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Freedom of the Press: Obama Justice Department Secretly seized Associated Press Telephone Records By Barry Grey

15 May, 2013 — World Socialist Web Site

In a brazen and illegal attack on press freedom, the Obama Justice Department secretly subpoenaed the telephone records of Associated Press editors and journalists and tracked ingoing and outgoing calls on at least 20 telephone lines, including the national headquarters of the press agency and its news bureaus in New York, Hartford and Washington DC. Among the lines tracked was the telephone used by AP reporters working out of the House of Representatives press gallery in the Capitol.

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USA: Freedom of the press behind bars

28 November, 2010 —

Should journalists be given more freedom than ordinary people on the streets, especially when it comes to covering protests? That is the question Lori Harfenist, also known as “The Resident”, asks people in New York, following the arrest of an RT crew reporting on a demonstration at Fort Benning military base in the US state of Georgia.

Anti-Venezuela Spokespeople Misrepresent Reality of Press Freedom in Venezuela By Mark Weisbrot

5 August, 2009 — MRZine – Monthly Review

Denis MacShane attacks the British left for defending Venezuelan President Hugo Chavez against an onslaught from the media, “New Cold Warriors,” and right-wing demagogues throughout the world.  His rhetorical trick is to tar the left with a new media law currently being debated in the Venezuelan Congress, which he says “would impose prison sentences of up to four years for journalists whose writings might divulge information against ‘the stability of the institutions of the state.'”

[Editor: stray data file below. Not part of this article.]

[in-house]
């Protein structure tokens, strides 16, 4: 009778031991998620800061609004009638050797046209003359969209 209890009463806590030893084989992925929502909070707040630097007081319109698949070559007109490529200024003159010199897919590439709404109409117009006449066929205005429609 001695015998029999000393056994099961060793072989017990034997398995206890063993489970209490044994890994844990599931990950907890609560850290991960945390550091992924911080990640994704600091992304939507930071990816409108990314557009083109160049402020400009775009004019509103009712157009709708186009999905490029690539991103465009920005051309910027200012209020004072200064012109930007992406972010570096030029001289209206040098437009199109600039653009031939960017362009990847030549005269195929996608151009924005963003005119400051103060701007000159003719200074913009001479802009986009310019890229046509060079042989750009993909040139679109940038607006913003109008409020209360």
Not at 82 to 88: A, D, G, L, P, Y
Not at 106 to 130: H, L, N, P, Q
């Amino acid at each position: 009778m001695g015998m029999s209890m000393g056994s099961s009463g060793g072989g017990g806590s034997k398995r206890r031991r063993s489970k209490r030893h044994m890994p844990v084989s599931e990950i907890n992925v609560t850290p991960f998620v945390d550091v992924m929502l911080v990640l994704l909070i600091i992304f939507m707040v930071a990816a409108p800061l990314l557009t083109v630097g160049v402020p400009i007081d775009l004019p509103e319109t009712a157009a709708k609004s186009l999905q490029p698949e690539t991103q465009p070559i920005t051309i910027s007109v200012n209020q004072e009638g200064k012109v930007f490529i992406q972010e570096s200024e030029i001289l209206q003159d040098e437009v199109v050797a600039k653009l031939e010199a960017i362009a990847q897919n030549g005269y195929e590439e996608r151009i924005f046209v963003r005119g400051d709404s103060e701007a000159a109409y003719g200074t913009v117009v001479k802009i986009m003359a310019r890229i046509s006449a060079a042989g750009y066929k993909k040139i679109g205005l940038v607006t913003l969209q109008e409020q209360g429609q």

Of course this is a bad law.  There are a number of bad laws on the books in Venezuela, and in fact numerous countries in the region have “desacato” laws which make it a crime to insult the President.  Do MacShane’s targets — he mentions Ken Livingstone and Richard Gott — support such laws?  I would bet serious money that they do not.  So his main line of attack is misleading if not downright dishonest.

Contra el Terrorismo Mediático

MacShane also misrepresents the reality of press freedom in Venezuela.  In fact, there is a much more oppositional media in Venezuela than in the United States, and a much greater range of debate in the major media.  This can be seen simply by looking at the most important media in both countries.  In the U.S., for example, not even the most aggressive right-wing commentators such as Rush Limbaugh or Sean Hannity would present the idea that the President should be lynched.  But Globovision, one of the largest-audience TV networks in Venezuela, had a show where a guest did just that.

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UK: MPs continue to speak out in police- journalist relations

30 June, 2009 – Editors Weblog